In her reflections on the success of this project, Jackson talks about how art can change our perception of math. “The [common] perception of math is a set of sterile problems but in reality it describes all the patterns of our world. … [Sidewalk math] opens the conversation to what math is.”
If your student loves to create art, challenge them to consciously use the math they are learning in their artwork, and then to explain their process to you. Consider also giving your students opportunities to take a handful of word problems and render them in elaborate artistic fashion as part of their solving process. You can even combine art, math, and history by letting your student pick some famous paintings to explore through the lens of mathematics, and then having them attempt to copy those paintings for themselves.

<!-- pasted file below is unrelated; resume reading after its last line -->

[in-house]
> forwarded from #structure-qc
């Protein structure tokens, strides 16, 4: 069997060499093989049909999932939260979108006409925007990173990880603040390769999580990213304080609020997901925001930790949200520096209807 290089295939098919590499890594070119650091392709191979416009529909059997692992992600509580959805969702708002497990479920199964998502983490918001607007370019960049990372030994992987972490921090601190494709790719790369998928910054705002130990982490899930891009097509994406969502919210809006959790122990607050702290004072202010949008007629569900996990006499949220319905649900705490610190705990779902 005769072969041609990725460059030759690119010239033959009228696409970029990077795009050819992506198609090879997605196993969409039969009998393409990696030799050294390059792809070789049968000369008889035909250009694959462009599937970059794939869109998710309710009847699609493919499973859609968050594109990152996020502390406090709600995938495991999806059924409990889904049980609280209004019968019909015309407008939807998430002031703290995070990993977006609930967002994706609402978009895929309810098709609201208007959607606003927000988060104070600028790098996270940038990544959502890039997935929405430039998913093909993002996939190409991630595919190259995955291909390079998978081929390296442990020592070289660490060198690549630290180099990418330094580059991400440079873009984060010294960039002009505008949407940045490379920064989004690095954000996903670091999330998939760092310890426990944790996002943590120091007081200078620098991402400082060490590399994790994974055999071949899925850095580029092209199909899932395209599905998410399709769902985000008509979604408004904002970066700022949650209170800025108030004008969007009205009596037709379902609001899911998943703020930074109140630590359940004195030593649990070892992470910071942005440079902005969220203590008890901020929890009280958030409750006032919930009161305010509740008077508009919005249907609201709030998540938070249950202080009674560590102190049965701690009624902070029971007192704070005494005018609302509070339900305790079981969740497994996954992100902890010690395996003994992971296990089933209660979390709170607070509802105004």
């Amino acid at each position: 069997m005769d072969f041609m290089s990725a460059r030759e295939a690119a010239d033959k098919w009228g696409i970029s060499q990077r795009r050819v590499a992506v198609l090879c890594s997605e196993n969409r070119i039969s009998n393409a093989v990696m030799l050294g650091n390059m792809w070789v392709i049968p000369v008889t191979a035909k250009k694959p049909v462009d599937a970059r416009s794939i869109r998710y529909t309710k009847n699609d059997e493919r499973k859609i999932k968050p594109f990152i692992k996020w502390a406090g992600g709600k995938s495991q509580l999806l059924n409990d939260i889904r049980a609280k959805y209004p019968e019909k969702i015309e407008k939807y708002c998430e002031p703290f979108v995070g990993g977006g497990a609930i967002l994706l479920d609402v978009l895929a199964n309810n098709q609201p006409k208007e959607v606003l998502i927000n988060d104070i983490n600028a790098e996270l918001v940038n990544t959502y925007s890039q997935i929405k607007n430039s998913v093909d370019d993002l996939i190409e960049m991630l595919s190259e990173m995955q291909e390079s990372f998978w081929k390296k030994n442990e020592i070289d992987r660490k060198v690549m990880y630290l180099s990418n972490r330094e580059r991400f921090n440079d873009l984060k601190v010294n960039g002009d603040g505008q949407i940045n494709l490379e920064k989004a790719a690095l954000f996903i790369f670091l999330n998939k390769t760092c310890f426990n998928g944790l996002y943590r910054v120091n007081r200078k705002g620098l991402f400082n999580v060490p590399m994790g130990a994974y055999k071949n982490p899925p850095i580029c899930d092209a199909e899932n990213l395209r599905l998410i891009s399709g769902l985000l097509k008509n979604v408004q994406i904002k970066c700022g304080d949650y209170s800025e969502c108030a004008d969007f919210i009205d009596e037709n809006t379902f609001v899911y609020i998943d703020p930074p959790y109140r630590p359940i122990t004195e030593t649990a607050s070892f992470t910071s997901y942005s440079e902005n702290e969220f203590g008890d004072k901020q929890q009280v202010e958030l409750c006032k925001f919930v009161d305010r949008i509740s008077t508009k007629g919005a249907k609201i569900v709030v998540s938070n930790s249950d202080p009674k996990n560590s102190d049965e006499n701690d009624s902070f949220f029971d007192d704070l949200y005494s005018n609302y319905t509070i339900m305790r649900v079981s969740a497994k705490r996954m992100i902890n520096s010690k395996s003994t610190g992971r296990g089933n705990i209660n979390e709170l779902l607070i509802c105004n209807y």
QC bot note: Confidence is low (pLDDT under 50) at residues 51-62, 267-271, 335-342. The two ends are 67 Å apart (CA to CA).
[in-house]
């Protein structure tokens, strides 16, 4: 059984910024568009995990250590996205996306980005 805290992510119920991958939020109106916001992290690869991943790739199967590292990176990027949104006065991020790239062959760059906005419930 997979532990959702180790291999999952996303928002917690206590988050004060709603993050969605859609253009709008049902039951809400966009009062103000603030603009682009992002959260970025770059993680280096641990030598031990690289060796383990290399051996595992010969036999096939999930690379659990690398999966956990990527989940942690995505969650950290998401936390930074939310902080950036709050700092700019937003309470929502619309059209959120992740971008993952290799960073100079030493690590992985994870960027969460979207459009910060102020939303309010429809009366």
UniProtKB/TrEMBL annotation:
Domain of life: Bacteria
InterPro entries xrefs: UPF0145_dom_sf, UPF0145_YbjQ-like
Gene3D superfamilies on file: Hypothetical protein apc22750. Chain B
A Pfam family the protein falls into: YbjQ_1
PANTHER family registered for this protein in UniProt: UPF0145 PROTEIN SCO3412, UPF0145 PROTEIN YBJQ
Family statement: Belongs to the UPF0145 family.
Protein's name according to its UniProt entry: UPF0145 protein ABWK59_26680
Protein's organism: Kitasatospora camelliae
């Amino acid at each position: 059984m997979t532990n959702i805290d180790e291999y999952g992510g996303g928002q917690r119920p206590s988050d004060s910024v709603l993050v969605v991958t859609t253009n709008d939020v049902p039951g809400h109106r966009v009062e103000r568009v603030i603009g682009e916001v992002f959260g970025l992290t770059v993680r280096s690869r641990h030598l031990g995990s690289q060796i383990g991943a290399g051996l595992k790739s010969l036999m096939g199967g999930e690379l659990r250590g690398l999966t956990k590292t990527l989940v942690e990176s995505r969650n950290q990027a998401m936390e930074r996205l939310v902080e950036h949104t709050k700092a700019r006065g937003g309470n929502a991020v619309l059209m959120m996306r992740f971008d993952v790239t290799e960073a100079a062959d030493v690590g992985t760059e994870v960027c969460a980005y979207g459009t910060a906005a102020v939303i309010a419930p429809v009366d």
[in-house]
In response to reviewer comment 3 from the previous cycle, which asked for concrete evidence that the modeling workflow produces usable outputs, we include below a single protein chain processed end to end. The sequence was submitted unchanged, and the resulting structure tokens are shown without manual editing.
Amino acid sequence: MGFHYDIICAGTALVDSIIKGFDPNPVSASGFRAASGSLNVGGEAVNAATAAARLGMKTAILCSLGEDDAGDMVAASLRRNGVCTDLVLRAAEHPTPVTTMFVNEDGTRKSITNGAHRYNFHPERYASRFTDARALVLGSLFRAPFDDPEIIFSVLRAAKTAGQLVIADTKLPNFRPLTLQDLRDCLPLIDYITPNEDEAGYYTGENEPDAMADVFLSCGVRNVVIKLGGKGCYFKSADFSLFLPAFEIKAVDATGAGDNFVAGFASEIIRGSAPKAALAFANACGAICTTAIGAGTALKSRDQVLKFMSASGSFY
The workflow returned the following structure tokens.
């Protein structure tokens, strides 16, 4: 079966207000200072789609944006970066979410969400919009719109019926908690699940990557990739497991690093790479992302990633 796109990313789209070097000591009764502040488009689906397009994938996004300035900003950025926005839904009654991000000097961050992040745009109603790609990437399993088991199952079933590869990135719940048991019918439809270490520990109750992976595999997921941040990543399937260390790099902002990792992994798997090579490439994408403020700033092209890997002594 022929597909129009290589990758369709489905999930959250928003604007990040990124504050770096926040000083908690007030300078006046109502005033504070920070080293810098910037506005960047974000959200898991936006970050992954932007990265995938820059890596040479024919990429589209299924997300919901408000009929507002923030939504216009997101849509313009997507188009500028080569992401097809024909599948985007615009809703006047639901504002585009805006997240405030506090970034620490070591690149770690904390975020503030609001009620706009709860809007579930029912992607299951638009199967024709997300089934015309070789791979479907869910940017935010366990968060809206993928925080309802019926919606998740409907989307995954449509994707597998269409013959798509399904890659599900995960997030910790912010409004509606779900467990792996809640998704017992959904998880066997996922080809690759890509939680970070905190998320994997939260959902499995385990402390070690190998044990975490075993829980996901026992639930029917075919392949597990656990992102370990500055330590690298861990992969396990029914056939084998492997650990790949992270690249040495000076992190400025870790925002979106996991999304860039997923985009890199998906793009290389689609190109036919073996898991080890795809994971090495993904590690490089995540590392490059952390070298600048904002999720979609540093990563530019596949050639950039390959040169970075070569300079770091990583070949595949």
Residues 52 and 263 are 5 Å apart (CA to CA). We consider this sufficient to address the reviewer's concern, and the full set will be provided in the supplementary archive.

Ultimately, mathematics is a creative discipline and engaging with art is a fantastic way for your student to lean into that creativity. Have fun and let your imagination soar. And we would love for you to share your fun math art projects with us on Instagram with the hashtag #MathUSee.
(The following post is Part 1 in a four-part series on studying math through the lens of other disciplines. We believe that students thrive when they can form meaningful connections across different areas of study. And we also know that many students who are disillusioned with math can find fresh inspiration in seeing how math interacts with other subject areas that they care about. With this in mind, in this series we want to provide ideas for supplementing math education to reinvigorate your student’s learning. Future installments in the series will include studying math through art, philosophy, and music.)
For a given triangle labeled ABC, side A is 5 centimeters while side B is…wow, I’m yawning already! So let’s take a math break. Instead of calculating angle measurements using the Pythagorean theorem, I want to tell you a story about a mathematician whose “irrational” thoughts led to his probable demise at the hands of Pythagoras and his buddies.